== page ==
Did Buddha really ask the original 16 Arhats to take rebirth until the next Buddha is born? Didn't the Arhat achieve Nirvana? How can they take rebirth?

Strange, does this mean karma is a bodily thing then that burns out of existence with the body? Just asking, not arguing, because I have no idea what people’s view of karma is here. There are several different views of karma, so getting the Buddhist one clear could be helpful for people who may not know.

It’s a five khandha thing. Body and mind. Arahants have completely let go of all five khandhas (including saṅkhāra = choices).

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Sounds like the body (matter) is just an animated sheath then. I think there is a sutta to that effect. The difference being between an arhat and dead person, simply being animation via vitality and such. Suggesting that thought, speech and deed are an extension of unconditioned intention. Hm. Never considered it that way.

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I believe an awakened mind becomes free but not unable. It can still give rise to everything if he/she wishes. But unlike us this never arises in a uncontrolled manner.

Dhamma is not about becoming unable but about freedom. One can use, apply, direct mind as one wishes because it is unfettered now. And if one wishes to manifest emotions, i believe that is possible. One can still, if one wants, also make use of conceiving. But while in a untamed unfree mind this all happens in an uncontrolled manner, a tamed and purified mind can deliberately apply, use, all minds abilities. They do not get lost. Unfreedom gets lost.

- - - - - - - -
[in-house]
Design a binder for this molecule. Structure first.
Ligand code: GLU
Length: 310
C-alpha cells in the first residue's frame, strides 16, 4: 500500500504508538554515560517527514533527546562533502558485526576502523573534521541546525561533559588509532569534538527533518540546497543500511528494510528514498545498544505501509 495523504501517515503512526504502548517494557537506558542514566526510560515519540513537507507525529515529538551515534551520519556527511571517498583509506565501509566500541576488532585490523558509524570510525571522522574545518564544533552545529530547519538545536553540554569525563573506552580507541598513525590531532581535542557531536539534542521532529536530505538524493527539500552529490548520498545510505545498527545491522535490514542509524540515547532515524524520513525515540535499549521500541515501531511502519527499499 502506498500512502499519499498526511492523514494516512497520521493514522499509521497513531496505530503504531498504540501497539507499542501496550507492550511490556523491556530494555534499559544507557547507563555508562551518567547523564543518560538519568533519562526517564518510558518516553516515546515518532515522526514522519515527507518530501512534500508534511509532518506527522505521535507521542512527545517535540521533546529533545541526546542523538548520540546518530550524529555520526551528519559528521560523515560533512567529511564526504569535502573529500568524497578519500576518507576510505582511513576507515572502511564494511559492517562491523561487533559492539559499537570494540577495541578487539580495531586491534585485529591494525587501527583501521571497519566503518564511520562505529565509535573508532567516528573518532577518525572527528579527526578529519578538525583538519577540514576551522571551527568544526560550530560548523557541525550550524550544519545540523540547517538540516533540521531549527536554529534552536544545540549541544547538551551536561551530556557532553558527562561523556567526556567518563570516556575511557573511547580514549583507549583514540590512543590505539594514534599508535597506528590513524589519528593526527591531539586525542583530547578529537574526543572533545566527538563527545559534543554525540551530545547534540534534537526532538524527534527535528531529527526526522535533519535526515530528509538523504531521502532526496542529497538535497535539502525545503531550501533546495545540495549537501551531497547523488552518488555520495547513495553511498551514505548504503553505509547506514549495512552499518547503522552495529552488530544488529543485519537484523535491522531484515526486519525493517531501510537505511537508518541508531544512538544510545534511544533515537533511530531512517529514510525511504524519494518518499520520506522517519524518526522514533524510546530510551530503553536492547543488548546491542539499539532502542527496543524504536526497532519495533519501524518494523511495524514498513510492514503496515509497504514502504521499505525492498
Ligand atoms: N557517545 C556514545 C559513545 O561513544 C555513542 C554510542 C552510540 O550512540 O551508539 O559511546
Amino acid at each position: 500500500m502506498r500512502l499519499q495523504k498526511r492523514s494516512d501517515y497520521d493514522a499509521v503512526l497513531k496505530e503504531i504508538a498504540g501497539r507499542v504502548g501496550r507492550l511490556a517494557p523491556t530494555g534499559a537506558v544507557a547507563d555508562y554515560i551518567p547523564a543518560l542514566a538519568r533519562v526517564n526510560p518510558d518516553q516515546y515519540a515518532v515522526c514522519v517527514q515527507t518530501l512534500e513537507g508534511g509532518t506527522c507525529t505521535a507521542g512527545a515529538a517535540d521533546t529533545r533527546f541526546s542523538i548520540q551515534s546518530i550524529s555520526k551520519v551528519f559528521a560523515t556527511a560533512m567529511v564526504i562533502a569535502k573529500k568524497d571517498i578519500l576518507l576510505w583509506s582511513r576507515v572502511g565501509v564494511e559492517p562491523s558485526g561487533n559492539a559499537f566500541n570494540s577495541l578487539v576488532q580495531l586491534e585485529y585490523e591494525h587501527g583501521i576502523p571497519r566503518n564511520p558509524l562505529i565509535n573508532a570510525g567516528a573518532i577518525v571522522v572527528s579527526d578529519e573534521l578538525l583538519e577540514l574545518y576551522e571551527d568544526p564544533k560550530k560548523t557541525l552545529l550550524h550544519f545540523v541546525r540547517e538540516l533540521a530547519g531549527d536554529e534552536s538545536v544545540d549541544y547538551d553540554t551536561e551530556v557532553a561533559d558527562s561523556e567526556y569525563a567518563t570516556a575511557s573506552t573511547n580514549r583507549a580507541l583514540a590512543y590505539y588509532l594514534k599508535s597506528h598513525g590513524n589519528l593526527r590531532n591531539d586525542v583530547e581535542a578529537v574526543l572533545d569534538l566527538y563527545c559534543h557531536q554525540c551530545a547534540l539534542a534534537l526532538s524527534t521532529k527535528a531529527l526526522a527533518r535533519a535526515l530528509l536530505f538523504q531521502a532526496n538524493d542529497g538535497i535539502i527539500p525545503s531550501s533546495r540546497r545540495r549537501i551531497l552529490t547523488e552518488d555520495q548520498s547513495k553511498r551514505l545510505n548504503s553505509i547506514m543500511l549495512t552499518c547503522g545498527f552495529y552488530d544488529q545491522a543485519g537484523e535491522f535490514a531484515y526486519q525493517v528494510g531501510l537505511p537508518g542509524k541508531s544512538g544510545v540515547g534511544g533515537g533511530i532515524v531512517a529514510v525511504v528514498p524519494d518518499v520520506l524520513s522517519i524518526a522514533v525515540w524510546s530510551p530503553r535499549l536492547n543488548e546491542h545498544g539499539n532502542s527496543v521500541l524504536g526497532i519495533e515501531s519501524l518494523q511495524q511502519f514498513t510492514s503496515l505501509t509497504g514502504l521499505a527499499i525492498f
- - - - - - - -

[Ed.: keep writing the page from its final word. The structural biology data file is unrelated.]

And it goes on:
If one would wish to be rebon here or there, i believe, the awakened mind has this freedom to direct it that way, incline it that way, intent in that way while dying. The ability to use, direct, apply the mind is for an awakened one max. His/her mind is extremely pliant.

I do not think that this mind must be seen as unable to give rise to this and that.

Not about freedom to do what we want. It’s about freedom from wanting in the first place. Much more radical!

Yep, there’s a sutta about this somewhere… Maybe someone else has it handy?

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Are you thinking of Iti44?

When subconsious processes (anusaya, asava) do not have any grasp on mind anymore, mind has become extremely subtle, receptive, easy to use, apply, direct, as one wishes, because all the fettering is gone. The kind of volition of anusaya is not like a deliberate desire, choice, wish.
So, when the kind of volition represented by anusaya gets lost, it is not that one becomes will-less.

A Buddha remains to have a will, can apply will, can make use of volition.
He also remains a wanting person. He wants to be understood and wants that his teachings are shared as he meant the, for example. That is what i see in the sutta’s.